Now you can test your new version in the App Engine runtime environment. You can debug your application by viewing its logs in the Google Cloud console Logs Explorer. For more information, see Writing Application Logs.

    Requests sent to https://PROJECT_ID.REGION_ID.r.appspot.com will still be routed to the version previously configured to receive traffic.

  3. When you want to send traffic to the new version, use the Google Cloud console to migrate traffic:

    Manage versions

    Select the version you just deployed and click Migrate traffic.

You can use the same process to test new versions of other services by replacing default in the URL with your service's name:


For more information about targeting specific services and versions, see How requests are routed.

Using build environment variables

You can set build environment variables for runtimes that support buildpacks.

Build environment variables are key-value pairs that you can specify to configure the buildpack you use to deploy your app. For example, you might want to specify compiler options.

Before you begin:

  • Keys must start with an uppercase ASCII letter, and can include uppercase ASCII letters, digits, and underscores.
  • You should avoid creating any variables with a GOOGLE_* key prefix.
  • The following keys are reserved for Google's use:
  • You can use any key that is supported by buildpacks.

To use environment variables with buildpacks, specify the build_env_variables field in your app.yaml file.

Learn more about buildpacks.

Using Cloud Trace

Cloud Trace is useful for understanding how requests propagate through your application. You can inspect detailed latency information for a single request or view aggregate latency for your entire application.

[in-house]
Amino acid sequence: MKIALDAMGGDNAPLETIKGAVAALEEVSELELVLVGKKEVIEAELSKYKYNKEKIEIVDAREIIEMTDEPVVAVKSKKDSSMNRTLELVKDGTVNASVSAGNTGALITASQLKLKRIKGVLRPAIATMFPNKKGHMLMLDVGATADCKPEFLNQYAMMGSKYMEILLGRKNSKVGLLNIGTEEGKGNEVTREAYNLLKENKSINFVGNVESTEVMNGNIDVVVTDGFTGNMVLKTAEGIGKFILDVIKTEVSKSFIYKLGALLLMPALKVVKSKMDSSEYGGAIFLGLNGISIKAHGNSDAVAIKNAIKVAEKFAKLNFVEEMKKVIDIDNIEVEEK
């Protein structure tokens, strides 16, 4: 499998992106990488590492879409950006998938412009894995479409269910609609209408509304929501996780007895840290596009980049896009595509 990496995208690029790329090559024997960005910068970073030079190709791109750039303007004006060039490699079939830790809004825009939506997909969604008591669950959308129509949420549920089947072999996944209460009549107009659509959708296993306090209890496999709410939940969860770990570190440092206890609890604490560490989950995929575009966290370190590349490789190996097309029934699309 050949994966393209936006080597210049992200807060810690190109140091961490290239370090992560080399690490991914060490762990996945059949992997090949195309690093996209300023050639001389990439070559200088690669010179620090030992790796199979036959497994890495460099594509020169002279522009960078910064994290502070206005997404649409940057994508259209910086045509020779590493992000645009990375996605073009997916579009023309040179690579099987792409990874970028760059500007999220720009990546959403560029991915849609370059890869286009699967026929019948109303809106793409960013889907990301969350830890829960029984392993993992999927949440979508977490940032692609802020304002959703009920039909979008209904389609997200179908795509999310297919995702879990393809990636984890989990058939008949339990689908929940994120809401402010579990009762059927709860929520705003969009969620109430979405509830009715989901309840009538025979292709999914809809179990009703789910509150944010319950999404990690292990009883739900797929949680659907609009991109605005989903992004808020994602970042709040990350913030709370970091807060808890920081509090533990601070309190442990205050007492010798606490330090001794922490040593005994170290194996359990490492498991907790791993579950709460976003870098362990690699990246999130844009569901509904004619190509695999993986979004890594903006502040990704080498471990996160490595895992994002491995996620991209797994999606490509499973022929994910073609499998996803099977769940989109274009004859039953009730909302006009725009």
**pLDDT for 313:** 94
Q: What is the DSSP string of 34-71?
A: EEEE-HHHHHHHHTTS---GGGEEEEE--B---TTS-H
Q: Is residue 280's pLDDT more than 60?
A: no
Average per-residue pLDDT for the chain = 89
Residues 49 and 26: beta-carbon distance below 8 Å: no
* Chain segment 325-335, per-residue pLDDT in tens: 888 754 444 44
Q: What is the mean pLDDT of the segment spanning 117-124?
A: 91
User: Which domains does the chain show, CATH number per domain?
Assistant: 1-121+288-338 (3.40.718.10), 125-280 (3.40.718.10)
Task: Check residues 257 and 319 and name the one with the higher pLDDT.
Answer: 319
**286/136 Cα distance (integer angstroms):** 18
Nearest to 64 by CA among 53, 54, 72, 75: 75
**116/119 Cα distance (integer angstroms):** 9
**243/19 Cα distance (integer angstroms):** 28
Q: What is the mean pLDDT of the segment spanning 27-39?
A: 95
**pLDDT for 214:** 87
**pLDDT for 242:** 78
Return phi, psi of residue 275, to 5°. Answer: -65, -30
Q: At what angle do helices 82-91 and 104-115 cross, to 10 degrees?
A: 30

You can view trace details. In the Trace explorer, you can filter by your specific App Engine service and version.


The following are common error messages that you might encounter when deploying apps:

PERMISSION_DENIED: Operation not allowed
The "appengine.applications.create" permission is required.
If the Google Cloud project does not include the required App Engine application, the gcloud app deploy command can fail when it tries to run the gcloud app create command. Only accounts with Owner role have the necessary permissions to create App Engine applications.
502 Bad Gateway
The Google Cloud project can fail to start if the app.yaml is misconfigured. Check the app logs for more detailed error messages.
[13] An internal error occurred while creating a Cloud Storage bucket.

App Engine creates a default Cloud Storage multi-regional bucket on your behalf on the same region where it creates your application. It requires this bucket to store the contents of your application. The error returns when this bucket cannot be created, such as in the following scenarios:

[13] An internal error occurred.

This error can occur if you are deploying your service with a network configuration that uses a Shared VPC setup. Try the following:

  1. Ensure that your app.yaml configuration is valid.
  2. Ensure that your App Engine flexible environment fulfills all the requirements for a Shared VPC setup. See Using the App Engine flexible environment on a Shared VPC network.
  3. Be sure that you have configured service accounts present in your project. If not, you must restore the accounts. The subnet region in the Shared VPC host project must match the location where your App Engine environment was created.

If the issue persists, redeploy your service by using the Google Cloud SDK. Be sure to add the --verbosity=debug flag. Contact Google Cloud Support and provide the command's output.

IP space of {USER_SUBNETWORK_NAME} is exhausted and needs to be expanded.

If the deployment fails with this error message, the network configured for the App Engine service doesn't have addresses left to allocate for the new instances of the service. To resolve the issue, expand the VPC ranges on the subnet that is configured for your App Engine flexible environment service.